vssadmin list shadows >"%userprofile%\Desktop\Restore Points.txt"List all available restore points for all drives to a text file on desktop
vssadmin list shadows /For=C:List all available restore points for a specific drive

Exit CMD prompt when done reviewing.

Note: The output of any of the commands will list all restore points on all or specific drives. You will see the volume drive letter and shadow copy ID number for each one.

How Do System Restore Points Get Deleted?

It can be confusing to know that despite being an automatic feature, System Restore points can be deleted. However, this problem is quite common, and can be due to any of the following reasons:

  1. 💻 Upgrading or reinstalling the operating system. System Restore points are specific to the current build of your operating system. When you upgrade or reinstall the operating system, the older System Restore points are no longer applicable to the newer version of Windows. As they become irrelevant, Windows has a feature that deletes them automatically. 
  2. 0️⃣ You are running low on disk space. Windows keeps optimizing its use of storage space. When the system is running low on space, System Restore may delete older restore points to free up space. If you don’t want to lose older restore points, ensure that your disk has enough space to save all restore points.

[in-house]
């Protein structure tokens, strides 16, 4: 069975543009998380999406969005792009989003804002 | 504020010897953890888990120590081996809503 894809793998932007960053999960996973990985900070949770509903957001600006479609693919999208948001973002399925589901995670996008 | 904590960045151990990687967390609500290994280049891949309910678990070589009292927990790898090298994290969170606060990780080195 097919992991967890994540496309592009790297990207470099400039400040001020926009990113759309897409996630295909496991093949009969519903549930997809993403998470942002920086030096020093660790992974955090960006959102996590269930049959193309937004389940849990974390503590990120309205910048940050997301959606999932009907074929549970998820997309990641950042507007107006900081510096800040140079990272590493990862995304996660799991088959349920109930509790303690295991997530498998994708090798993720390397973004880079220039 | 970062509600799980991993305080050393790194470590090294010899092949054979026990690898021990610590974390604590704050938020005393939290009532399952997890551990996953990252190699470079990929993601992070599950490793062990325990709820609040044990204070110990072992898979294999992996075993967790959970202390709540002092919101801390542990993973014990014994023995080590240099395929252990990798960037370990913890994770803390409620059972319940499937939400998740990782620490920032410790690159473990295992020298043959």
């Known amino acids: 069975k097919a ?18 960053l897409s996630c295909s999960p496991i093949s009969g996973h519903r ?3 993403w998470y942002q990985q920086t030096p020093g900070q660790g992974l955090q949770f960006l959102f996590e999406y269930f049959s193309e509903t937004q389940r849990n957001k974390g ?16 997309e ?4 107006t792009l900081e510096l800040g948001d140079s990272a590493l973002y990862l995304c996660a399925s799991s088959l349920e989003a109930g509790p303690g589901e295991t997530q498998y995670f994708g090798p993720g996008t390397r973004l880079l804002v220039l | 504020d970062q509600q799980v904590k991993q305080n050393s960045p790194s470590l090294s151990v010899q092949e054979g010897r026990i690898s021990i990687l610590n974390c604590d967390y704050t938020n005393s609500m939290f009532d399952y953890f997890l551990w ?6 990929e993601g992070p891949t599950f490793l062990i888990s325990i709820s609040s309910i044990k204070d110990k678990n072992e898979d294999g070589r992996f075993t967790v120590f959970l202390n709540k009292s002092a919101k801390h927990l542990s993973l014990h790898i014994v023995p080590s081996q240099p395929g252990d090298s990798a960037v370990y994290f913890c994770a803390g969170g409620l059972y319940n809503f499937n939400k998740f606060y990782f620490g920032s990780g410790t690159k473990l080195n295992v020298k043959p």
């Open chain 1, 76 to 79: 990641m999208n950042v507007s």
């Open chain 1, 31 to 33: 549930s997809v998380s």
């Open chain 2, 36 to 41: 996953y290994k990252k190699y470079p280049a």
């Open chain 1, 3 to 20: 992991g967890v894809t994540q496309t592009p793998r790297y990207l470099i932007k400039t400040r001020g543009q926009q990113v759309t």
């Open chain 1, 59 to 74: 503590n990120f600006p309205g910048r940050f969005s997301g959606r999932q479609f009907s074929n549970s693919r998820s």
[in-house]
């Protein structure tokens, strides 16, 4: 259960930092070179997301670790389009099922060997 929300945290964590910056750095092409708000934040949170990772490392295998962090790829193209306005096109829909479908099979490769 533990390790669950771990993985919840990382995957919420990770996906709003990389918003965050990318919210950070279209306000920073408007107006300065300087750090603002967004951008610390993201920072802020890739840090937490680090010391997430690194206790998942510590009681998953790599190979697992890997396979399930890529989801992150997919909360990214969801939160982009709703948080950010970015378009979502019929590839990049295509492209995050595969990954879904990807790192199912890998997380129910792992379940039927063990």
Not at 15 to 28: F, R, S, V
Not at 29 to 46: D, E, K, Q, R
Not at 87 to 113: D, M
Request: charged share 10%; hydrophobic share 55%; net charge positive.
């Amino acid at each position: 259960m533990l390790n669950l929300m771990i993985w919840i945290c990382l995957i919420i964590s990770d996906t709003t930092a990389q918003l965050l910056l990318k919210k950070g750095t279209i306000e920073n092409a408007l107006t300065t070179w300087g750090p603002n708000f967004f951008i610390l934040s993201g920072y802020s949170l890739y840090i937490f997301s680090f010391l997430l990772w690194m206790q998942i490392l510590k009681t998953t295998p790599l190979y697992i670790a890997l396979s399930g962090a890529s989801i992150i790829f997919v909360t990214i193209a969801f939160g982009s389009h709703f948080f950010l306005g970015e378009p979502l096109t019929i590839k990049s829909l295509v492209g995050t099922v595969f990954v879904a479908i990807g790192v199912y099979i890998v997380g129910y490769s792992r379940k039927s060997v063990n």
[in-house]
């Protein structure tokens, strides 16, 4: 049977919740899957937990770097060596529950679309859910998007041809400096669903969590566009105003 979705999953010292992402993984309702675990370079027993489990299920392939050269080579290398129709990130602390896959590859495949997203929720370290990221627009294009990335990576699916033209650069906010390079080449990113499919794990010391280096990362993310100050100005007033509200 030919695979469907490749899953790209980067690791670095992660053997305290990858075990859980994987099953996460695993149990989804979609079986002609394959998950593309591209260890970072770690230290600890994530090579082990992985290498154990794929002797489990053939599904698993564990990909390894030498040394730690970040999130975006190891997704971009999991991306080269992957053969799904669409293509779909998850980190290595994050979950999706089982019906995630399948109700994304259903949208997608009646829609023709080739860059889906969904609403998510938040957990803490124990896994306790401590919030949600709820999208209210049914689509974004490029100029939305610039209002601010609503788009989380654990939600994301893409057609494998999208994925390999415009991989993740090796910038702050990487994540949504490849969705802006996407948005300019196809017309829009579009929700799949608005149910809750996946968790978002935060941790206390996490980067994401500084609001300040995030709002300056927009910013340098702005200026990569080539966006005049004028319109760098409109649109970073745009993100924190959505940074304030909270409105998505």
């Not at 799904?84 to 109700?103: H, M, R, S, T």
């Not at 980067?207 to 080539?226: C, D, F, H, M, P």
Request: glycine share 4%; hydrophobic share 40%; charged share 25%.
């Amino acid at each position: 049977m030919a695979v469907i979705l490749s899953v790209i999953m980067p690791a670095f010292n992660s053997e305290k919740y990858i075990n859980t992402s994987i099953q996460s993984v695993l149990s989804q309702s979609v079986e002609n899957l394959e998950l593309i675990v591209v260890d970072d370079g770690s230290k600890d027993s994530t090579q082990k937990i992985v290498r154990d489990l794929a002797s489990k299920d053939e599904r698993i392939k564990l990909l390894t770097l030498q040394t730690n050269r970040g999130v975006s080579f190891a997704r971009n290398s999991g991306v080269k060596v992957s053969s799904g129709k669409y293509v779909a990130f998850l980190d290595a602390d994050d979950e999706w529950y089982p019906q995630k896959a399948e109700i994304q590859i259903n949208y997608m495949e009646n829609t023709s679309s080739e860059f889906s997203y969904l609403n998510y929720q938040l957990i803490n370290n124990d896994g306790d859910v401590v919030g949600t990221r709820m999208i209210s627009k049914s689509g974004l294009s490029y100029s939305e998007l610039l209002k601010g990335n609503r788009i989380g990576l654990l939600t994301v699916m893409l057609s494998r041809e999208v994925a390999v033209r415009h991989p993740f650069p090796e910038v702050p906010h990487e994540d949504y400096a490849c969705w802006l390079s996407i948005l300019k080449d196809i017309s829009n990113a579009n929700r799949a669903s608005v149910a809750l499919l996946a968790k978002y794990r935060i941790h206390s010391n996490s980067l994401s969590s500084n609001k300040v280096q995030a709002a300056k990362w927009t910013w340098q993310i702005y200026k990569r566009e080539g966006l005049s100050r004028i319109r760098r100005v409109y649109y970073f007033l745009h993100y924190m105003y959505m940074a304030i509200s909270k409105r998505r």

3. Windows automatically deleted the restore point. By default, System Restore points are deleted once they are 90 days old. While Windows does this to save space, the amount of space taken by restore points varies by the build of Windows.
  4. 💨 Presence of USB turbo-boosters. If you use USB turbo-boosters such as SRock, XFast USB, they can affect Volume Shadow service. Before creating restore points, you need to remove them.